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Can anyone advise as a LP best way to go about life insurance and will please?

(11 Posts)
Purplerainbow Thu 25-May-17 12:57:34

I don't want to put too much info on here but I'm a LP and my children currently don't see their father (current court case to prevent access) my parents have agreed they would care for my children if I died although I know it's not that simple. I need to get a will, and also life insurance but I'm not sure where to start.

Can you get life insurance so that your children get the money or it goes to a trust/toward their care until adults? Do I need to see someone to go through it all or can I do it online? I don't want to pay out for costs unnecessarily but I obviously want to make sure I've sorted this out?

Tia

bimbobaggins Thu 25-May-17 19:27:53

I have been through similar myself recently. My ds father passed away a couple of months ago and not only have I been dealing with this I've had to get myself sorted out legally pretty quick ( been burying head in sand before). I used my own lawyer who drew up my will will guardianship clearly written into it. I have made provisions for the guardian to have funds until my ds reached the age of 18 . I also have life insurance
Obviously hoping that nothing happens to me for a very long time but I now realise that life really is too short.
You could get a lawyer to sort things out , the will was £ 120 which included the first visit to discuss my wishes and a return visit for signing.

bimbobaggins Thu 25-May-17 19:29:49

It's quite a simple process but I found it difficult due to grief so I'd definitely recommend doing it before you are ever in the position that you have to if you know what I mean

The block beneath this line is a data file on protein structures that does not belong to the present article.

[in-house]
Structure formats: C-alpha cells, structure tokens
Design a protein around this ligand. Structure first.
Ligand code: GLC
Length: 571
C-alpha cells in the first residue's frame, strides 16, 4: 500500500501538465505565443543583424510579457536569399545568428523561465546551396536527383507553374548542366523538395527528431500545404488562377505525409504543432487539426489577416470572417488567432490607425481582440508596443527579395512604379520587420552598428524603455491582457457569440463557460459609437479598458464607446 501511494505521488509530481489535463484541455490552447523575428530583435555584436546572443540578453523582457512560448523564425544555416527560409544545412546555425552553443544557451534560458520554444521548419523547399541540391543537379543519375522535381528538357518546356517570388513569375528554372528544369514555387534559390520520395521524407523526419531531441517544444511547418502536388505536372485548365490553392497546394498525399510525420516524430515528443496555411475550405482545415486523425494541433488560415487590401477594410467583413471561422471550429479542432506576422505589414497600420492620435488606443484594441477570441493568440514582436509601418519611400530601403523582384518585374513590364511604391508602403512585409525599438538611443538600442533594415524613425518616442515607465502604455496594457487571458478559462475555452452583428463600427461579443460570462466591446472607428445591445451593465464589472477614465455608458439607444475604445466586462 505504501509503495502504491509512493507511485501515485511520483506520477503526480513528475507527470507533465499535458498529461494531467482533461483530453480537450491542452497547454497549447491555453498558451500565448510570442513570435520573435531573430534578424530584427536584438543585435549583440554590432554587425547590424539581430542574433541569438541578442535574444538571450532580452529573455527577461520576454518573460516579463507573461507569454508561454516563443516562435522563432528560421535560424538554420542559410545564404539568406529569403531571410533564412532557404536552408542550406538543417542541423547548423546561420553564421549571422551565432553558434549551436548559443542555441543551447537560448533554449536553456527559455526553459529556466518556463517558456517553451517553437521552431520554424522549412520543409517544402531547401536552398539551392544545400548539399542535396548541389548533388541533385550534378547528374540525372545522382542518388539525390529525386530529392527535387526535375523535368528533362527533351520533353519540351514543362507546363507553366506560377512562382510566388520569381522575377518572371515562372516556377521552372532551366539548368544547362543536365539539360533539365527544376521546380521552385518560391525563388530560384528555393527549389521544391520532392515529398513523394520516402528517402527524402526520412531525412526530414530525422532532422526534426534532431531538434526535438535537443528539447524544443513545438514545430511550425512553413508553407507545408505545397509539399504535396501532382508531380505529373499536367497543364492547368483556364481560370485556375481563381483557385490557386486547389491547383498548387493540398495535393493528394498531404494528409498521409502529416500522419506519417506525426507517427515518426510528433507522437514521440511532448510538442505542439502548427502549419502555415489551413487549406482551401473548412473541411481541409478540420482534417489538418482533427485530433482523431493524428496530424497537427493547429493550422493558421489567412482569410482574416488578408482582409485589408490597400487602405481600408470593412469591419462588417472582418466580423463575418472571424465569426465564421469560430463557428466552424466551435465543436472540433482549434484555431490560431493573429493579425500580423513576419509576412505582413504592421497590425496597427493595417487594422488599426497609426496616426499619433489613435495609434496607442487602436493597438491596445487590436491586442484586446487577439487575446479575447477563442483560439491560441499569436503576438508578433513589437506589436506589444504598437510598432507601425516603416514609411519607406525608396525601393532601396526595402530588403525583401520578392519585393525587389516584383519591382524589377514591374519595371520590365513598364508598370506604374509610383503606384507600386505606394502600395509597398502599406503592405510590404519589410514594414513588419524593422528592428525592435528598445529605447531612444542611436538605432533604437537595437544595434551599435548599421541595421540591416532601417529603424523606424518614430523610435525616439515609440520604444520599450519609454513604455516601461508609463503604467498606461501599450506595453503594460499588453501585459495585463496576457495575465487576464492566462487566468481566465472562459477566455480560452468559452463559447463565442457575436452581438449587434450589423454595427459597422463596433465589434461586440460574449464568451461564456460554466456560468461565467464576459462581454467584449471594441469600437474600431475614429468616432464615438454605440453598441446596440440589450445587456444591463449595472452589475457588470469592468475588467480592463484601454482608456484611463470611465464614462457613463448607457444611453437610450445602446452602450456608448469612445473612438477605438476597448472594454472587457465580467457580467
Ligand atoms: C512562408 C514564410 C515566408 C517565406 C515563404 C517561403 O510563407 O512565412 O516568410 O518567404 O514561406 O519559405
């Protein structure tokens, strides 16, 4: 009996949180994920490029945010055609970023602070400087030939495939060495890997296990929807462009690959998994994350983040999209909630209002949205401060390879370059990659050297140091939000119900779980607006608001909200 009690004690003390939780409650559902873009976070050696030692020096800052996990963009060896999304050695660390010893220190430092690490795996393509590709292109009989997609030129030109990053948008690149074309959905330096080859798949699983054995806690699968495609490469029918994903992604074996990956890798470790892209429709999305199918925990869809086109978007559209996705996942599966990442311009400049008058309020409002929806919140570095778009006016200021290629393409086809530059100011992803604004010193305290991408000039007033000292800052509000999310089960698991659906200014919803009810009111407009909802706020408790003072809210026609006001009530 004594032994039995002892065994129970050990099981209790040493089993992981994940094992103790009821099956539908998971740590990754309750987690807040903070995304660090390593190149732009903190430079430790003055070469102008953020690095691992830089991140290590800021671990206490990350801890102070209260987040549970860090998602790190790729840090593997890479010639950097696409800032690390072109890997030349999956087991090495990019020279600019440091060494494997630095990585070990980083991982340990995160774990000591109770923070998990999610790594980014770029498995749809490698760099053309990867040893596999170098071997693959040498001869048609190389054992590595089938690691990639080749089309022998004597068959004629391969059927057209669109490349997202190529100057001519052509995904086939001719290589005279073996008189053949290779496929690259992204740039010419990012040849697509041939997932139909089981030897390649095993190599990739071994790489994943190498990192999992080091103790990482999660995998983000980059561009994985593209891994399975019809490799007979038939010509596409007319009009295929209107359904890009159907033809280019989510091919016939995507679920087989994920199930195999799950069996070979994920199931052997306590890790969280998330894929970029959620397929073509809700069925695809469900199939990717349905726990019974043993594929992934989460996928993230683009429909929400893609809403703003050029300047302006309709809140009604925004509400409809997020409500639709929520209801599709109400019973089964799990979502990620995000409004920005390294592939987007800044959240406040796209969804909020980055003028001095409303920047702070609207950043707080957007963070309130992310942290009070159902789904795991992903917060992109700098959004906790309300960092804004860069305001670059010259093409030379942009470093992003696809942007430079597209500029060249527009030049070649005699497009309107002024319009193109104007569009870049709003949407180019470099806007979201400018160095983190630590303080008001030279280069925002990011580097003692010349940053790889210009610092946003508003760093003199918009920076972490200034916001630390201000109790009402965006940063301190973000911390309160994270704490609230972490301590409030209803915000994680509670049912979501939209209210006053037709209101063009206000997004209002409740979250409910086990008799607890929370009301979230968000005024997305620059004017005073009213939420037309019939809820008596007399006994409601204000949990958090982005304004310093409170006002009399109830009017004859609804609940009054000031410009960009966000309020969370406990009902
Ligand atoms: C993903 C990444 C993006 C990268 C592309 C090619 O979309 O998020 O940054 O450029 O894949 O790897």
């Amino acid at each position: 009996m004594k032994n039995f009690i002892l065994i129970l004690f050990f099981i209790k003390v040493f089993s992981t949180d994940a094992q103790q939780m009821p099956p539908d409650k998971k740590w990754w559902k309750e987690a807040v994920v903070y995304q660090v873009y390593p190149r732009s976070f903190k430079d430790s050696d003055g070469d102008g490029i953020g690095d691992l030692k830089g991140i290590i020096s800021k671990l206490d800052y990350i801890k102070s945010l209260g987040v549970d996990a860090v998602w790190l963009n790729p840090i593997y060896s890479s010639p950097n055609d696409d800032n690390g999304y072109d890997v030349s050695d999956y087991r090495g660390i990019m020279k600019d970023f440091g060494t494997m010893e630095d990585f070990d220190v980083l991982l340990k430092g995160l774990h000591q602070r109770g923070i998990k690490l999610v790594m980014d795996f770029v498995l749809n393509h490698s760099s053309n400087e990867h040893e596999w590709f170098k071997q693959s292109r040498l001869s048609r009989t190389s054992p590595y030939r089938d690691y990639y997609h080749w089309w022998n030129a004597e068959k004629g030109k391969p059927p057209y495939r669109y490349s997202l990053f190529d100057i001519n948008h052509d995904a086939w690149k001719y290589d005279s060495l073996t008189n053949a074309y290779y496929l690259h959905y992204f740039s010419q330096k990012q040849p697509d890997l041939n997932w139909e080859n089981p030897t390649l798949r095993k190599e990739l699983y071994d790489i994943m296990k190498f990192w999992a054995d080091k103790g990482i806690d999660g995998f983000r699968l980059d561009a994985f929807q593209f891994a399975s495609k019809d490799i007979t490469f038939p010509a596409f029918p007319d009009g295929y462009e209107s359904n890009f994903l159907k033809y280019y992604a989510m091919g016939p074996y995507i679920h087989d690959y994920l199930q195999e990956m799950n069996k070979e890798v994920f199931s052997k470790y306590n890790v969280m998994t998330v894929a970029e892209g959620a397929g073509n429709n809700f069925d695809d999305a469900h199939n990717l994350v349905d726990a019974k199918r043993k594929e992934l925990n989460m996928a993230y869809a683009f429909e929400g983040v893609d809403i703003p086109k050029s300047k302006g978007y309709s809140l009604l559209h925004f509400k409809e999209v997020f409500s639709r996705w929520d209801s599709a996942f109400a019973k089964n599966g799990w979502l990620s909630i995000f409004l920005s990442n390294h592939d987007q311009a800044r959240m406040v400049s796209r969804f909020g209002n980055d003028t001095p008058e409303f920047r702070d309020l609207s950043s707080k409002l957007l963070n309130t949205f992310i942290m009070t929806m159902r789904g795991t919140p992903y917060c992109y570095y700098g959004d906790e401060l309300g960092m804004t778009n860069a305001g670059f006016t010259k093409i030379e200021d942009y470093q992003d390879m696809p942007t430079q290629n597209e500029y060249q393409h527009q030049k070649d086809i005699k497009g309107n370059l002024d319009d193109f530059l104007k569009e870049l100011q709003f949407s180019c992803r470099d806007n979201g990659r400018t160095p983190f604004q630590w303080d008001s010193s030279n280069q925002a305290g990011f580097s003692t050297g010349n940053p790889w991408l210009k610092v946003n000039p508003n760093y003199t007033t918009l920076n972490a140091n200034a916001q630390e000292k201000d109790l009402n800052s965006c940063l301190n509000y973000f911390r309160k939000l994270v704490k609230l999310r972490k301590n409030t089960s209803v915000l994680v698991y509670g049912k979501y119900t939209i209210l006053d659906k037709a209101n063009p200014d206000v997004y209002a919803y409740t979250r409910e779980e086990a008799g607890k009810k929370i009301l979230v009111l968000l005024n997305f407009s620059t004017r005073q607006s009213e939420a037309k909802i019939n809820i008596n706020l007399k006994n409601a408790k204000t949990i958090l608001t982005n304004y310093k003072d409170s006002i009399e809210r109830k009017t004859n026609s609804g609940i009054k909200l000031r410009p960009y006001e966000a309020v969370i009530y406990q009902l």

JanetBrown2015 Thu 25-May-17 19:35:04

If the court case does not succeed then their father will be the person who gets them if you die. I remember asking my solicitor about this on the divorce as my younger children would prefer t obe with their older siblings who have virtually been a coparent with me (as their father chooses not to see them or pay anything) yet the law is that the absent uninvolved father once the mother dies has the children. However assuming he is denied access then your will can specify your parents as guardian and perhaps say why not the father.

Life insurance is easy to buy. Write it in trust for your children so if y our other assets eventually are over inheritance tax limits those proceeds are not taxed at 40%. If you have a work pension do the same. The life companies have simple forms to do this - you don't need a solicitor for that.

My solicitor drew up a simple discretionary trust that my pension funds would go into were I to die. It is nto always a good idea to have your parents rather than asibling as trustees however as it is much more likely your parents will die before your children are 18 than that your siblings will.

prh47bridge Thu 25-May-17 20:48:48

If the court case does not succeed then their father will be the person who gets them if you die

That is not necessarily true. It is likely but not certain. If there is a dispute it will be up to the courts to decide what is in the child's best interests. The OP should specify her parents as guardians in her will and leave a statement with her will specifying why. She should do this regardless of the outcome of the court case.